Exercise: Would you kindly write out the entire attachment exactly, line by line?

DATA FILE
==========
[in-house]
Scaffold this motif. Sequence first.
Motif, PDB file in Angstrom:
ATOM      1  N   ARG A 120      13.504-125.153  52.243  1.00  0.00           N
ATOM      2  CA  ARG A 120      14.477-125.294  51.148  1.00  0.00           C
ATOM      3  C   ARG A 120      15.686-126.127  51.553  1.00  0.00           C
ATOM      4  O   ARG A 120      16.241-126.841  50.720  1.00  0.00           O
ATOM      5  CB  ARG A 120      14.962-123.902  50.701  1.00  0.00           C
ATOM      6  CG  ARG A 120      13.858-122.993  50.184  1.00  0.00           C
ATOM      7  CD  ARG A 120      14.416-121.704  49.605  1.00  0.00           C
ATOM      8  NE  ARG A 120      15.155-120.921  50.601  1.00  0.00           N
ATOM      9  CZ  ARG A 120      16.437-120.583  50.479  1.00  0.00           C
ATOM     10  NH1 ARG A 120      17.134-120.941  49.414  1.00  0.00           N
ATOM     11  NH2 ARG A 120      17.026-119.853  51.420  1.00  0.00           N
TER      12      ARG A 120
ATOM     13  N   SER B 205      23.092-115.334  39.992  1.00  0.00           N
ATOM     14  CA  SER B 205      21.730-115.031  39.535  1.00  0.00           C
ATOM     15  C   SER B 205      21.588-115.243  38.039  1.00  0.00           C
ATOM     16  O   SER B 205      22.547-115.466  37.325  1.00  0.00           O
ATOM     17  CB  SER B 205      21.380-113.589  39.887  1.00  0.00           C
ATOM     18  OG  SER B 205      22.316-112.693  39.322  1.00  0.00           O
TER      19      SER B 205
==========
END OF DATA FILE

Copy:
[in-house]
Scaffold this motif. Sequence first.
Motif, PDB file in Angstrom:
ATOM      1  N   ARG A 120      13.504-125.153  52.243  1.00  0.00           N
ATOM      2  CA  ARG A 120      14.477-125.294  51.148  1.00  0.00           C
ATOM      3  C   ARG A 120      15.686-126.127  51.553  1.00  0.00           C
ATOM      4  O   ARG A 120      16.241-126.841  50.720  1.00  0.00           O
ATOM      5  CB  ARG A 120      14.962-123.902  50.701  1.00  0.00           C
ATOM      6  CG  ARG A 120      13.858-122.993  50.184  1.00  0.00           C
ATOM      7  CD  ARG A 120      14.416-121.704  49.605  1.00  0.00           C
ATOM      8  NE  ARG A 120      15.155-120.921  50.601  1.00  0.00           N
ATOM      9  CZ  ARG A 120      16.437-120.583  50.479  1.00  0.00           C
ATOM     10  NH1 ARG A 120      17.134-120.941  49.414  1.00  0.00           N
ATOM     11  NH2 ARG A 120      17.026-119.853  51.420  1.00  0.00           N
TER      12      ARG A 120
ATOM     13  N   SER B 205      23.092-115.334  39.992  1.00  0.00           N
ATOM     14  CA  SER B 205      21.730-115.031  39.535  1.00  0.00           C
ATOM     15  C   SER B 205      21.588-115.243  38.039  1.00  0.00           C
ATOM     16  O   SER B 205      22.547-115.466  37.325  1.00  0.00           O
ATOM     17  CB  SER B 205      21.380-113.589  39.887  1.00  0.00           C
ATOM     18  OG  SER B 205      22.316-112.693  39.322  1.00  0.00           O
TER      19      SER B 205